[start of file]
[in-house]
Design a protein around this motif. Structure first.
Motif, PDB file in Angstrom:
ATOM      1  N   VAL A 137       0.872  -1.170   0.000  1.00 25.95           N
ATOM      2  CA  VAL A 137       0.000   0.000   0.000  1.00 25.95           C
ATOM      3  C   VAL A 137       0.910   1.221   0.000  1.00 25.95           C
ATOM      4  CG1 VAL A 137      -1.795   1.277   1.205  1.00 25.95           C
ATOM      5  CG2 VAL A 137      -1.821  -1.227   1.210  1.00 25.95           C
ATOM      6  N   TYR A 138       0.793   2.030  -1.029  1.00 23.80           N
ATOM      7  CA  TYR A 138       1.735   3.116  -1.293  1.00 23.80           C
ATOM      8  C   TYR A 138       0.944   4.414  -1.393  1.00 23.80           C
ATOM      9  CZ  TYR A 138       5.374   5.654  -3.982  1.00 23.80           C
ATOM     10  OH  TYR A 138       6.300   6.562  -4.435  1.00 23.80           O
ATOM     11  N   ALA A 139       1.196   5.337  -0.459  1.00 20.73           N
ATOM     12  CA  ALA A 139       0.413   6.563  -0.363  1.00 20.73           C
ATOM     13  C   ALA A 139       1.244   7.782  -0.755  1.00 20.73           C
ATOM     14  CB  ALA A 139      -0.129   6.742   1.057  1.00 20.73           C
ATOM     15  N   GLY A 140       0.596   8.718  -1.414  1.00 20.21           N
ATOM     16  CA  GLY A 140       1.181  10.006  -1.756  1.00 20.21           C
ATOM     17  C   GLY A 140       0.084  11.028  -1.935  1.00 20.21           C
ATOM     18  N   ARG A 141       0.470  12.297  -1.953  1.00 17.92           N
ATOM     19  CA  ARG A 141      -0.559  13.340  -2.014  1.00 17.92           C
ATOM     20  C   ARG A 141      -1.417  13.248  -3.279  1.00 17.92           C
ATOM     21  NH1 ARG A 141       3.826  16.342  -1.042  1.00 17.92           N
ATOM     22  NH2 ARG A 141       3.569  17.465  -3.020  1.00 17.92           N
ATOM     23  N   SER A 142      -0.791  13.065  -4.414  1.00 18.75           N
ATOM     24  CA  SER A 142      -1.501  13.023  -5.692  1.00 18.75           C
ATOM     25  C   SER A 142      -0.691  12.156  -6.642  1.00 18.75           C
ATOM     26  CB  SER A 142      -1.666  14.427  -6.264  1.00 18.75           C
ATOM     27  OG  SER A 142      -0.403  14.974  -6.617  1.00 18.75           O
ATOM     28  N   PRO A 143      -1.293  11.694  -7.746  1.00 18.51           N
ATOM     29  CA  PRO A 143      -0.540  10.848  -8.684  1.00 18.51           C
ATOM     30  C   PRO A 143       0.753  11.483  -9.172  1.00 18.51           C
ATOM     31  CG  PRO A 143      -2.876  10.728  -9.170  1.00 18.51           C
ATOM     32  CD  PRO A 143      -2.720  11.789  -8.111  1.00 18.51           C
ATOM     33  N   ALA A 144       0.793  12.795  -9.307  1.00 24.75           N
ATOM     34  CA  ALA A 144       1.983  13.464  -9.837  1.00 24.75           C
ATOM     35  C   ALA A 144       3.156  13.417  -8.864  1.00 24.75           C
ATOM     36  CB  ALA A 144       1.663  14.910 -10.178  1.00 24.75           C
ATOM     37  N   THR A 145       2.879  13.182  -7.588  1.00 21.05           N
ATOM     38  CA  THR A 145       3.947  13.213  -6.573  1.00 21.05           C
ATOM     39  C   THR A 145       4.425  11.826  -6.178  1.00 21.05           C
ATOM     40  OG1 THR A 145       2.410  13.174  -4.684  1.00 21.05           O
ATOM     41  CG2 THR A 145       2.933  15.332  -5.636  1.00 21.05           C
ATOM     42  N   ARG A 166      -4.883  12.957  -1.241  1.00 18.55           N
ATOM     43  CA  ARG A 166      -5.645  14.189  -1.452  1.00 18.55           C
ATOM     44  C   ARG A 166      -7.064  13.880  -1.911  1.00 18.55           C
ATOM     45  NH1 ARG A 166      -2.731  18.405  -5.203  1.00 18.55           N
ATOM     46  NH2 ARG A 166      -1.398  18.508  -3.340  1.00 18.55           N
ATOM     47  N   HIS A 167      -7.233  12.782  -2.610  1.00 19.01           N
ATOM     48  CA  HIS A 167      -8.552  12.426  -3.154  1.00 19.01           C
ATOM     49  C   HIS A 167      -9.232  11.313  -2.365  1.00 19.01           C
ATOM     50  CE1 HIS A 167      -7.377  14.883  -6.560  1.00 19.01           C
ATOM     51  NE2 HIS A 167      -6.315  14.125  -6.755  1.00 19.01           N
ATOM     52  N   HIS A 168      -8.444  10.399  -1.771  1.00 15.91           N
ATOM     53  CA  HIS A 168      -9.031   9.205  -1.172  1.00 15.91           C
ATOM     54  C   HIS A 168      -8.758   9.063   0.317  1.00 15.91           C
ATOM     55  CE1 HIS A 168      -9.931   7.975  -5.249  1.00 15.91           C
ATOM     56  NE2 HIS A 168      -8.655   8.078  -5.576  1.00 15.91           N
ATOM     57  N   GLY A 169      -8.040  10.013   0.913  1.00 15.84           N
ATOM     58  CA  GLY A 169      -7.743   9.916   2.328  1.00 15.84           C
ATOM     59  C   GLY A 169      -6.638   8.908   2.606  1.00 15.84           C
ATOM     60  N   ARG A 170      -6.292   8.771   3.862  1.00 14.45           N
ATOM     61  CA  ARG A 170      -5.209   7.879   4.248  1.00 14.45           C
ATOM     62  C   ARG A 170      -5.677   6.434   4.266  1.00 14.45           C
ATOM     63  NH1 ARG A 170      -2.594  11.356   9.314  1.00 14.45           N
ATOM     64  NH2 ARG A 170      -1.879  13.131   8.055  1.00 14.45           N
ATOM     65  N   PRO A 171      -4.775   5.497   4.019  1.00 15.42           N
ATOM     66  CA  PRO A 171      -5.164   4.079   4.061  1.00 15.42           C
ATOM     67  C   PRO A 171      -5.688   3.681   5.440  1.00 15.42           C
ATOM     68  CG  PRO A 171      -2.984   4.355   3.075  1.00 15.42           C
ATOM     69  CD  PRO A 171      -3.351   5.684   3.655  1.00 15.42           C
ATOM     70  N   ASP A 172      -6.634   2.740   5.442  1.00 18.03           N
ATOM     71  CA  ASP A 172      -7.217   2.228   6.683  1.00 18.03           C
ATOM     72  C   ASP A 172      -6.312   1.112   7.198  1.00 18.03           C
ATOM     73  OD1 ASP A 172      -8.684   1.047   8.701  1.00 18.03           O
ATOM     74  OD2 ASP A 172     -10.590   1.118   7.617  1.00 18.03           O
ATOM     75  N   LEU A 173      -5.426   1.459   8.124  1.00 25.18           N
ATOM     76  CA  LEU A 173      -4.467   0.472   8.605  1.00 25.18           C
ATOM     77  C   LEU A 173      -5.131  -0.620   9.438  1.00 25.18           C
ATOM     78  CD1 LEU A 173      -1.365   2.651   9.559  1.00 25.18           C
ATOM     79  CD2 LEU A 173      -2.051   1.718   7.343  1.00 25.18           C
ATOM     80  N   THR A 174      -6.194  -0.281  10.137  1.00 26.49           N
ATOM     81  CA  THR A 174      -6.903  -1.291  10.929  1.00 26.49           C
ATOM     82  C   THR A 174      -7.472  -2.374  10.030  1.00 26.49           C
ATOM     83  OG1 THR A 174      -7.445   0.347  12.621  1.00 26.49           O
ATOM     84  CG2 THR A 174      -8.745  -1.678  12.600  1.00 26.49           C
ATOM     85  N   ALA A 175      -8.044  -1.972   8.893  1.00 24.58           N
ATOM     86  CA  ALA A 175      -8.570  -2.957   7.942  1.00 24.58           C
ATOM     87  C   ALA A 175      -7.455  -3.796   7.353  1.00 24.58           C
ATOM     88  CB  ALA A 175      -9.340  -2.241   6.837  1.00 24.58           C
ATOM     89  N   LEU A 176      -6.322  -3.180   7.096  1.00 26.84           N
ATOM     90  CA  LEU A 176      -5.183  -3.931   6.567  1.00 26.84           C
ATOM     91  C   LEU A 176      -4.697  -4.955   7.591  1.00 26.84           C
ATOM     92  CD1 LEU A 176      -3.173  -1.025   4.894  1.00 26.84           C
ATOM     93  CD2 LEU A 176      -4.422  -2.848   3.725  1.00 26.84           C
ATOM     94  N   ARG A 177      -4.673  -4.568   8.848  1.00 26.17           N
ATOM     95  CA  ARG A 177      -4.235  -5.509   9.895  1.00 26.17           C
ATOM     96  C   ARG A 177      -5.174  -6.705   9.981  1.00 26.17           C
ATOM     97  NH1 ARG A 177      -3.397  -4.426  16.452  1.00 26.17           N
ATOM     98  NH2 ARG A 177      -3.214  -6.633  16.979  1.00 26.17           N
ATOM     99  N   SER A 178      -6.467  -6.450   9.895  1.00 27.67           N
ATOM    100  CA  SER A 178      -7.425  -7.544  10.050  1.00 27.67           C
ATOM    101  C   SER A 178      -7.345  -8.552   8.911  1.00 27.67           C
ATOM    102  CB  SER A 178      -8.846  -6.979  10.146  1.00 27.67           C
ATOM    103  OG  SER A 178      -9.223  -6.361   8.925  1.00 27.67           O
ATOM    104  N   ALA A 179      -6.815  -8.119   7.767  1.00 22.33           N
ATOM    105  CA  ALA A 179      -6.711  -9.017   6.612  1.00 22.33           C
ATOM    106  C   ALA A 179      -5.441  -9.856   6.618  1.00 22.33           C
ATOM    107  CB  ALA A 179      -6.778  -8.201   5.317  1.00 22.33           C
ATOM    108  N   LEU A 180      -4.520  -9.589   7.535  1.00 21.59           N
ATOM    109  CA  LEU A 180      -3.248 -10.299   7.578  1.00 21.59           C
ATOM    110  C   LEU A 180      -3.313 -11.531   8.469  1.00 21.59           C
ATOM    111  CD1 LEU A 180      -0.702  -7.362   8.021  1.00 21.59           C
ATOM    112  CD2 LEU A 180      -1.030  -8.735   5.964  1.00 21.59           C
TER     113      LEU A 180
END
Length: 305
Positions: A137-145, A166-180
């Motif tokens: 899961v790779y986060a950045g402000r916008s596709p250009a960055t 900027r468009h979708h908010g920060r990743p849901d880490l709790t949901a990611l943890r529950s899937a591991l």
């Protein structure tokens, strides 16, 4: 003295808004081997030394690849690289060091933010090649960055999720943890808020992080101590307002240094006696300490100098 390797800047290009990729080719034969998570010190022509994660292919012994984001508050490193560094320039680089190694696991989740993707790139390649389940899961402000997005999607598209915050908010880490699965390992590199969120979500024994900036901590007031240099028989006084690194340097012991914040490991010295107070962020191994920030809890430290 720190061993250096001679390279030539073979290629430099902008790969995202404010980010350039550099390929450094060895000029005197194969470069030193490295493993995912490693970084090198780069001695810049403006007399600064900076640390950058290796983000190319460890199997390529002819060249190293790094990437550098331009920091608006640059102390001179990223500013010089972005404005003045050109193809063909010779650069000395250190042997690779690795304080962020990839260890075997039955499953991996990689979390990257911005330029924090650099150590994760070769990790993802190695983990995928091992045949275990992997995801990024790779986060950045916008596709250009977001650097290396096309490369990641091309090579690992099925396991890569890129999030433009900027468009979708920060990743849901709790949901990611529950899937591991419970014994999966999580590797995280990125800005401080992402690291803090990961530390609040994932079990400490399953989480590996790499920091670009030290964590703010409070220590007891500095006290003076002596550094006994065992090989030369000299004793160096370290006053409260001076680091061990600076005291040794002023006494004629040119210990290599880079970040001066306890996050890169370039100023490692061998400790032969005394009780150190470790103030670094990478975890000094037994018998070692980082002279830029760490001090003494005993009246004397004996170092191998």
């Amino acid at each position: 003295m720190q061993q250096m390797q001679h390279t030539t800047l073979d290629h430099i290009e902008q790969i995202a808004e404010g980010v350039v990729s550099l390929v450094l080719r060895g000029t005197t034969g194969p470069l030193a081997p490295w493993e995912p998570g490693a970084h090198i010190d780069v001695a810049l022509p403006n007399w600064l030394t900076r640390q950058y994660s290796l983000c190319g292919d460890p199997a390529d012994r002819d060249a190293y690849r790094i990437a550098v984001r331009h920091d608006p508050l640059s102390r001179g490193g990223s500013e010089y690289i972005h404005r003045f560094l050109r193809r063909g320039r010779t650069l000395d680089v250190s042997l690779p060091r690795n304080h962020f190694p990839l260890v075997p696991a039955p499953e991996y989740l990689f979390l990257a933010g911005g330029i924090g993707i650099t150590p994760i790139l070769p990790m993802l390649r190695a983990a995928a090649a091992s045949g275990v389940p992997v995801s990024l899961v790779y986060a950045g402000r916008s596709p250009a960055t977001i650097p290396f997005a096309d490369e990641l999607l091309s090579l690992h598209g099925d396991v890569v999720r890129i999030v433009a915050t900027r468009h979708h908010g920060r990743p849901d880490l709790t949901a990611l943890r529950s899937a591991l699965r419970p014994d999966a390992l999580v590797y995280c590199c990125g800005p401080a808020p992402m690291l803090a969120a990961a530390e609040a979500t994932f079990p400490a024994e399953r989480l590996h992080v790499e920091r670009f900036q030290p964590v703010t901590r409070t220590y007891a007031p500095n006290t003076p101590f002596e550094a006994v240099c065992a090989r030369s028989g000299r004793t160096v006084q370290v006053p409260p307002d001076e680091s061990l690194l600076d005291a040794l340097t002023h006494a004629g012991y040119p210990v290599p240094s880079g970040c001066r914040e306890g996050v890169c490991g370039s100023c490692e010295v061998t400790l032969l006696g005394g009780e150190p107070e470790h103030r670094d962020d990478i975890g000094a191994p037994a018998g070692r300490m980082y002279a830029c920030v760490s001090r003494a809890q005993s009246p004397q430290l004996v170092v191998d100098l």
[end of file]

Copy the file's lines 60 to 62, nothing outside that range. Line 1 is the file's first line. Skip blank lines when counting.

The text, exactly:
ATOM     57  N   GLY A 169      -8.040  10.013   0.913  1.00 15.84           N
ATOM     58  CA  GLY A 169      -7.743   9.916   2.328  1.00 15.84           C
ATOM     59  C   GLY A 169      -6.638   8.908   2.606  1.00 15.84           C